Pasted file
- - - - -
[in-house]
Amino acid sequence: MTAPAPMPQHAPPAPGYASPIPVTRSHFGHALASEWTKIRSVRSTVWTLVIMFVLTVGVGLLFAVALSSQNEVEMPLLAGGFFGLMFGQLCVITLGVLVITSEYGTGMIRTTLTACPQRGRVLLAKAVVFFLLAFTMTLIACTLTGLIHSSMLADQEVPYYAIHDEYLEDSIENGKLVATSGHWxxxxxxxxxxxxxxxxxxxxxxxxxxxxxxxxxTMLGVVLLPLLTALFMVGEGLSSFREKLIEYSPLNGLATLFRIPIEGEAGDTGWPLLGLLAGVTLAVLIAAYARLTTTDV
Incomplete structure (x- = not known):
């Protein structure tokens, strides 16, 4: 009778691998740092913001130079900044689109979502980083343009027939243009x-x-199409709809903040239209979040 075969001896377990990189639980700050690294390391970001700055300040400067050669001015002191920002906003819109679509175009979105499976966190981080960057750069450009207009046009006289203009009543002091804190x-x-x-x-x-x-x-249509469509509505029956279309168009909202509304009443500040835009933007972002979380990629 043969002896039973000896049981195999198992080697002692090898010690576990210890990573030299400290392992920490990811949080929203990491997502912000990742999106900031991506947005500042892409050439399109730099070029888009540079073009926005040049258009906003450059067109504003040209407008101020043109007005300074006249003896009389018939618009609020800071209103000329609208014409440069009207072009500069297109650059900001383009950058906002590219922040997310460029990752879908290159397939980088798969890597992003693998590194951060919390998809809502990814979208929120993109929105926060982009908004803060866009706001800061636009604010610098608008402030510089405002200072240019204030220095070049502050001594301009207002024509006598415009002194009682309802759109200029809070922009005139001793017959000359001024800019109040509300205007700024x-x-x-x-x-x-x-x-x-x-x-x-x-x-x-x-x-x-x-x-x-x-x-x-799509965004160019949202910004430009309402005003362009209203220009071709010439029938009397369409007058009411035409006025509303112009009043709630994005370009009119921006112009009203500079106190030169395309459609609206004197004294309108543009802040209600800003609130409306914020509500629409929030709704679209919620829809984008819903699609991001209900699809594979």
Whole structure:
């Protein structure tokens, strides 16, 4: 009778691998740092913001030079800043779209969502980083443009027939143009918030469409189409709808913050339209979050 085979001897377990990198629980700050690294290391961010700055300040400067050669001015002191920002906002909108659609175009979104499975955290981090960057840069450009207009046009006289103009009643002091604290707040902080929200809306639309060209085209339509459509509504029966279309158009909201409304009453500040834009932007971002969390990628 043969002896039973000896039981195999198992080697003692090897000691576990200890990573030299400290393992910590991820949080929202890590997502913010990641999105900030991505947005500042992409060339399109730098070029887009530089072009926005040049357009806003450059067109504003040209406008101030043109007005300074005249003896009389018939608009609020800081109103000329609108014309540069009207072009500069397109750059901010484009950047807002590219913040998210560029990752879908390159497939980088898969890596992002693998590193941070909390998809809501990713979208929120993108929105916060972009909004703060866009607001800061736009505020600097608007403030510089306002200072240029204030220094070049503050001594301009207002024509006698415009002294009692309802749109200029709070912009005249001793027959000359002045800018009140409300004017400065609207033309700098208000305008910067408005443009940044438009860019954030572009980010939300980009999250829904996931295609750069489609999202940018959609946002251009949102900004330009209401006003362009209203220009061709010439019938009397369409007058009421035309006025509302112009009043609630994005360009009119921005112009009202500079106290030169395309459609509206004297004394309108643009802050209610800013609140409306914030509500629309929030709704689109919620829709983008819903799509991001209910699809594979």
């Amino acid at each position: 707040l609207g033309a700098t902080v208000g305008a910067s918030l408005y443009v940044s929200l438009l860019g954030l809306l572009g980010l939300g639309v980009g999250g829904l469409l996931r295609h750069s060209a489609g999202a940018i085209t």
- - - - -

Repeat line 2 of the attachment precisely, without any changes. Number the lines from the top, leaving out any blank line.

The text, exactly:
Amino acid sequence: MTAPAPMPQHAPPAPGYASPIPVTRSHFGHALASEWTKIRSVRSTVWTLVIMFVLTVGVGLLFAVALSSQNEVEMPLLAGGFFGLMFGQLCVITLGVLVITSEYGTGMIRTTLTACPQRGRVLLAKAVVFFLLAFTMTLIACTLTGLIHSSMLADQEVPYYAIHDEYLEDSIENGKLVATSGHWxxxxxxxxxxxxxxxxxxxxxxxxxxxxxxxxxTMLGVVLLPLLTALFMVGEGLSSFREKLIEYSPLNGLATLFRIPIEGEAGDTGWPLLGLLAGVTLAVLIAAYARLTTTDV